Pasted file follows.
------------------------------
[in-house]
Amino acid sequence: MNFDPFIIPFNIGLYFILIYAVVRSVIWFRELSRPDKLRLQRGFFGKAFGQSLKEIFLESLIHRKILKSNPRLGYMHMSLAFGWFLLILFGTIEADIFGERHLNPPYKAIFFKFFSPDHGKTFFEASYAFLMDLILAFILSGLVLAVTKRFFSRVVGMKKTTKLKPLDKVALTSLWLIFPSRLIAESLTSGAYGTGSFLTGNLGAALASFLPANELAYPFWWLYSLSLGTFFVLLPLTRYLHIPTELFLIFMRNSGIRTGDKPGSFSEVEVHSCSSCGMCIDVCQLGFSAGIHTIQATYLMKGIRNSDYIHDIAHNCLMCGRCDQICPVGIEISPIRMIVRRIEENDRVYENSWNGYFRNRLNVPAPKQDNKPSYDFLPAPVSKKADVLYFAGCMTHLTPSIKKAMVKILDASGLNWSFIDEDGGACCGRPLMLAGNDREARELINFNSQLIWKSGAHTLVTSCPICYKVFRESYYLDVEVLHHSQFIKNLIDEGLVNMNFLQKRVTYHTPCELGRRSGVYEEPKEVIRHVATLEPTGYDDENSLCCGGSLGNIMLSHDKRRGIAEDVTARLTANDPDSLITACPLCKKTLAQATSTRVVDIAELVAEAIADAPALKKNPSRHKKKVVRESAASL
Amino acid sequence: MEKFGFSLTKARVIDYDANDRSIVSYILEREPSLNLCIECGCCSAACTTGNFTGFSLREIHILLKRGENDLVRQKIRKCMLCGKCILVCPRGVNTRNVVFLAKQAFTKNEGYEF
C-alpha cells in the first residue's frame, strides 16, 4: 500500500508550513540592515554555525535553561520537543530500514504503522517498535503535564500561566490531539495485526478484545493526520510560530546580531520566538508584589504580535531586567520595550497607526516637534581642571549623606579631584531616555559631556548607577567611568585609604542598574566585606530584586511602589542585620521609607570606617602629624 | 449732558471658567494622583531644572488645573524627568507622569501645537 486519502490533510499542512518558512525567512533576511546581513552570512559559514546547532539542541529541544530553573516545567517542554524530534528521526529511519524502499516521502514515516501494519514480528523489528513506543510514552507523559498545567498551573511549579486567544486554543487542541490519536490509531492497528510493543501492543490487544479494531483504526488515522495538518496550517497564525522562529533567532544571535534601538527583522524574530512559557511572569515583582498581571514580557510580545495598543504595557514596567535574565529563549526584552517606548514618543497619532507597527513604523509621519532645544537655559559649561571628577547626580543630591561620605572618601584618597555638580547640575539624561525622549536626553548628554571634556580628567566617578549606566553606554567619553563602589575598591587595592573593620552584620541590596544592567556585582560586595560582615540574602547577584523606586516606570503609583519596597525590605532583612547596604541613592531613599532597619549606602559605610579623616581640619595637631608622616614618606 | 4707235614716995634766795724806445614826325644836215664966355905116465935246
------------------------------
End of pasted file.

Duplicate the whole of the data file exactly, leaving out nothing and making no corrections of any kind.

[in-house]
Amino acid sequence: MNFDPFIIPFNIGLYFILIYAVVRSVIWFRELSRPDKLRLQRGFFGKAFGQSLKEIFLESLIHRKILKSNPRLGYMHMSLAFGWFLLILFGTIEADIFGERHLNPPYKAIFFKFFSPDHGKTFFEASYAFLMDLILAFILSGLVLAVTKRFFSRVVGMKKTTKLKPLDKVALTSLWLIFPSRLIAESLTSGAYGTGSFLTGNLGAALASFLPANELAYPFWWLYSLSLGTFFVLLPLTRYLHIPTELFLIFMRNSGIRTGDKPGSFSEVEVHSCSSCGMCIDVCQLGFSAGIHTIQATYLMKGIRNSDYIHDIAHNCLMCGRCDQICPVGIEISPIRMIVRRIEENDRVYENSWNGYFRNRLNVPAPKQDNKPSYDFLPAPVSKKADVLYFAGCMTHLTPSIKKAMVKILDASGLNWSFIDEDGGACCGRPLMLAGNDREARELINFNSQLIWKSGAHTLVTSCPICYKVFRESYYLDVEVLHHSQFIKNLIDEGLVNMNFLQKRVTYHTPCELGRRSGVYEEPKEVIRHVATLEPTGYDDENSLCCGGSLGNIMLSHDKRRGIAEDVTARLTANDPDSLITACPLCKKTLAQATSTRVVDIAELVAEAIADAPALKKNPSRHKKKVVRESAASL
Amino acid sequence: MEKFGFSLTKARVIDYDANDRSIVSYILEREPSLNLCIECGCCSAACTTGNFTGFSLREIHILLKRGENDLVRQKIRKCMLCGKCILVCPRGVNTRNVVFLAKQAFTKNEGYEF
C-alpha cells in the first residue's frame, strides 16, 4: 500500500508550513540592515554555525535553561520537543530500514504503522517498535503535564500561566490531539495485526478484545493526520510560530546580531520566538508584589504580535531586567520595550497607526516637534581642571549623606579631584531616555559631556548607577567611568585609604542598574566585606530584586511602589542585620521609607570606617602629624 | 449732558471658567494622583531644572488645573524627568507622569501645537 486519502490533510499542512518558512525567512533576511546581513552570512559559514546547532539542541529541544530553573516545567517542554524530534528521526529511519524502499516521502514515516501494519514480528523489528513506543510514552507523559498545567498551573511549579486567544486554543487542541490519536490509531492497528510493543501492543490487544479494531483504526488515522495538518496550517497564525522562529533567532544571535534601538527583522524574530512559557511572569515583582498581571514580557510580545495598543504595557514596567535574565529563549526584552517606548514618543497619532507597527513604523509621519532645544537655559559649561571628577547626580543630591561620605572618601584618597555638580547640575539624561525622549536626553548628554571634556580628567566617578549606566553606554567619553563602589575598591587595592573593620552584620541590596544592567556585582560586595560582615540574602547577584523606586516606570503609583519596597525590605532583612547596604541613592531613599532597619549606602559605610579623616581640619595637631608622616614618606 | 4707235614716995634766795724806445614826325644836215664966355905116465935246